Thursday, June 21, 2012

Struggles at P&G

Apparently, the heat is on Proctor and Gamble CEO Bob McDonald.  McDonald reported some disappointing sales and profit news this week.  According to the Wall Street Journal, "He said the company's sales likely fell by 1% to 2% in the current quarter from a year earlier, compared with a previous forecast of 1% to 2% growth, and said core earnings would come in at 75 to 79 cents a share, down from a previously expected range of 79 cents to 85 cents."  Investors are becoming restless and asking increasingly tough questions.

P&G clearly needs to find a way to jump start organic growth.  However, I believe investors also will begin asking questions regarding the corporate portfolio.  Does the firm need to trim some operations that appear outside the core?  For instance, Iams is a billion dollar brand for P&G, yet pet food does not represent one of the company's main product lines.   P&G focuses primarily on health and beauty as well as household care.   The US pet food market is not as consolidated as the European market.  Therefore, perhaps there may be an opportunity to find a buyer for the business.   Investors may begin asking questions about other brands too, such as the Duracell battery brand.  Does it fit well with P&G's portfolio.  Whenever a company begins to struggle and investors become restless, these types of questions will begin to be asked.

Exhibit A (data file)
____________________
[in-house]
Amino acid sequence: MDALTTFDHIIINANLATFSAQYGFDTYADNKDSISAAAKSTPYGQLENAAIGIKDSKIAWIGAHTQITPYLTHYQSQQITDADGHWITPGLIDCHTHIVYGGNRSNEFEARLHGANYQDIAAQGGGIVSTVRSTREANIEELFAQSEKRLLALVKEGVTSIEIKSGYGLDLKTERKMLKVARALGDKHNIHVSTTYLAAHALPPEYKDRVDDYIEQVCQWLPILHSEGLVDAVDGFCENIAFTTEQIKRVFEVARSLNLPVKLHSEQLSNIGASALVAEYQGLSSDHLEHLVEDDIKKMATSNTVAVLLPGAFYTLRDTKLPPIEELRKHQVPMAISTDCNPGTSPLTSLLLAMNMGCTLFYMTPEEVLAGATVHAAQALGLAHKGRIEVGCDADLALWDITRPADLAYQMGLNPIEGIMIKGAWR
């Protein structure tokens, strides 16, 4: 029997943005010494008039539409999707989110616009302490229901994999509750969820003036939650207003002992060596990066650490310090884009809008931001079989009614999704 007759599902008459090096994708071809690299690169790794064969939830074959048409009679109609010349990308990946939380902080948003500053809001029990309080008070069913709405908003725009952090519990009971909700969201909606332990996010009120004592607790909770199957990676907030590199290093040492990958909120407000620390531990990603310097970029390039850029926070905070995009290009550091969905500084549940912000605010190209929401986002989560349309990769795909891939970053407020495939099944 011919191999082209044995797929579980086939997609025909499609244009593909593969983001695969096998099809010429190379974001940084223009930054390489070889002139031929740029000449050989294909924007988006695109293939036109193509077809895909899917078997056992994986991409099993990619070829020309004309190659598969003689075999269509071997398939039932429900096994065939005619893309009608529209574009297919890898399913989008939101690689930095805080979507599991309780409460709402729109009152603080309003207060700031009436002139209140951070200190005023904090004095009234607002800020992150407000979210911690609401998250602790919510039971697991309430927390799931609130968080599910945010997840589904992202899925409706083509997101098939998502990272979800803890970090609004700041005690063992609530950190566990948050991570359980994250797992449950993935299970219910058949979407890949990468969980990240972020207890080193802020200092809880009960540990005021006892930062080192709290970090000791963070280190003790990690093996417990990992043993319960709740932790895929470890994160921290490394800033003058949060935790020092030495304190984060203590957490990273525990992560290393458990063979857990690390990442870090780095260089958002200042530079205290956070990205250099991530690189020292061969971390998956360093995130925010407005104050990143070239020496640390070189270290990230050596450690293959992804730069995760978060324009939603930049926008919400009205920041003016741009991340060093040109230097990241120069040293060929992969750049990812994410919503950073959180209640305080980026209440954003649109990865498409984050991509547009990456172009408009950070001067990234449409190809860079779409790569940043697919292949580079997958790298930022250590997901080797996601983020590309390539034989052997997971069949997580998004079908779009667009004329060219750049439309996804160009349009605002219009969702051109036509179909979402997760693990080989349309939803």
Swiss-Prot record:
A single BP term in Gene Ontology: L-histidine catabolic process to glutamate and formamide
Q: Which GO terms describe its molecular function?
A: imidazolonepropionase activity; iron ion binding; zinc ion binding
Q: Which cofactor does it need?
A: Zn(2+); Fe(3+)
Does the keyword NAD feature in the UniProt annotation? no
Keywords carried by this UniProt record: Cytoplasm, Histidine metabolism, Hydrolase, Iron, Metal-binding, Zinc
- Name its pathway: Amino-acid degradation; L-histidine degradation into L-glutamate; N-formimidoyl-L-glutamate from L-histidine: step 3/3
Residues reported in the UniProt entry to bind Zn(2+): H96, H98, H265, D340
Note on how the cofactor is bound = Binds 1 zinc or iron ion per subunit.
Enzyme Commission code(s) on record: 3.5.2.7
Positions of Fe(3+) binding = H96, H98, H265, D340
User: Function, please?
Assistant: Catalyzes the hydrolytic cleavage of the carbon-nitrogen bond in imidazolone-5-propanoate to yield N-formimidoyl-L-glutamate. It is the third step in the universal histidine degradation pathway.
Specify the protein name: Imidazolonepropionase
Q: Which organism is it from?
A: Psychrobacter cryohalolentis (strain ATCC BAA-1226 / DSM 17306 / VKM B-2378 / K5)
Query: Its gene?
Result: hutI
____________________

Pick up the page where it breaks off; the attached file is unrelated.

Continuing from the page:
Unknown said...


It's really not at all about Brands at P&G. Look at the history of the company. Senior leaders never have stepped up to the plate to do what is best for the company and shareholders. They never take accountability for results. They always leave the sitting CEO in the lurch. They are always about what is best for themselves. If you have an act, you can lead at P&G. If you have depth and substance, you are dead.

It is depth, substance and a bit of courage that is needed now at P&G and those are qualities that are not valued there. P&G's issue is all about people, how they are led, managed and rewarded. This is their fatal flaw. It is embedded in the culture. Fix the culture first and all else will follow.

Bob Starr

Bob Starr said...
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